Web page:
Severe gas operation
03 June 2016
03 June 2016
Collaboration is essential for future success
Jose Gutierrez, Infineum Gas and Heavy-duty Engine Lubricant Portfolio Manager, shares his thoughts on the changing stationary gas engine market and the need for advanced lubricants.
A growing world population combined with rising living standards means the global demand for energy is increasing. Cleaner burning natural gas is an affordable, available and environmentally acceptable way for many countries to meet their growing need for energy, while curbing CO2 emissions. Around the world gas engines are being used to generate power, to compress gas as it is transported in pipelines and in combined heat and power applications.
In Europe, there is a growing demand for gas from large sites such as factories, schools and hospitals that are using stationary gas engines for heat and power generation. In addition, biogas and landfill site owners are looking to maximise gas production to increase the return generated by their sites, although the financial viability of these applications can be affected by changes to government subsidies.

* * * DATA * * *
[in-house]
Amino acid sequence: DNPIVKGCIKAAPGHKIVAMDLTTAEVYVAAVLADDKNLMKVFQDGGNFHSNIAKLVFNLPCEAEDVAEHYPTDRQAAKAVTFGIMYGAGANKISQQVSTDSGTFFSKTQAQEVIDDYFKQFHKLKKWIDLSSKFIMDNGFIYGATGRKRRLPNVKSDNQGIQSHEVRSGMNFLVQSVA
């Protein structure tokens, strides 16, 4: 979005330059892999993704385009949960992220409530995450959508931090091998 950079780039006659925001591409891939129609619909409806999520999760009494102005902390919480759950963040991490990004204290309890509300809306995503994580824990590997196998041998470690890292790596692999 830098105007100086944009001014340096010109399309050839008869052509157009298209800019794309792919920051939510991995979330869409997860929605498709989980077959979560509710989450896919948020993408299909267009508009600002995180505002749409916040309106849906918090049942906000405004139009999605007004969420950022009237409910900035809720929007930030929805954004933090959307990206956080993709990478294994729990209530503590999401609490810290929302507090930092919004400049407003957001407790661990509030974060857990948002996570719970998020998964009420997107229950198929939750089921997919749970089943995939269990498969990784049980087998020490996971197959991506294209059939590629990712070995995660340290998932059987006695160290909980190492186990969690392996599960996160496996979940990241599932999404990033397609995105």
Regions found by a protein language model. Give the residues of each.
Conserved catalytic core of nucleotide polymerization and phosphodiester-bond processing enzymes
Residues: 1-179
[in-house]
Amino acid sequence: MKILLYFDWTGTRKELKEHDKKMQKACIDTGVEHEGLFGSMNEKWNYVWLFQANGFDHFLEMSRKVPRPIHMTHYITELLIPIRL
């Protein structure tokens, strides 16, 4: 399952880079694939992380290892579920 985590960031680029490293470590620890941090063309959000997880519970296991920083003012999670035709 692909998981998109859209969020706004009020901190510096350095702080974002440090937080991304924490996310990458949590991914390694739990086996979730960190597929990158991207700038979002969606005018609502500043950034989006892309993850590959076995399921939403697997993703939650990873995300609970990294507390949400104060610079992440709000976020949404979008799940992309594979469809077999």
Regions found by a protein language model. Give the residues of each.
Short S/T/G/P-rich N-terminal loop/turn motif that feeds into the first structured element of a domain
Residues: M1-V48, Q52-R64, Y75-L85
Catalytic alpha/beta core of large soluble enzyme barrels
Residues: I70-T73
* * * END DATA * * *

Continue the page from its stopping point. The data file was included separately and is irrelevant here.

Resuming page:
Similar market forces are at work in the US market, where the use of natural gas for distribution along pipelines, a key indicator of compression capacity and gas engine oil (GEO) consumption, has risen by over 25% in the past five years. It looks likely that the recent enactment of the US Environmental Protection Agency Clean Power Plan could further accelerate the use of natural gas, and the need for compression, going forward.
With an increase in the number of gas engines in use there is clearly a corresponding global growth in the demand for GEO.
Future technical challenges will be linked to delivering reliable engine operation and long oil life. New high output engines with modern piston designs and high combustion pressures will increase the burden on both of these. In addition, the increased use of gas from a variety of sources, including biogas and landfill gas is creating a more challenging environment for the engine oil. Another major shift that I am seeing is the increased use of Group II base stocks in the formulation of GEO.
In my view all of this change means it is more important than ever for us to work collaboratively on hardware and lubricant developments. Infineum has been working closely with key gas engine OEMs to fully understand the hardware changes they are making.
New additive packages are being developed that enable advanced, high performing GEO formulations to be designed to meet the evolving needs of both the gas engine manufacturers and end users.
Forging strong commercial relationships helps to ensure the new products we develop are aligned with the evolving needs of the industry. We will continue to keep our readers updated on the progress of these developments and about the enhancements we are making to our existing products.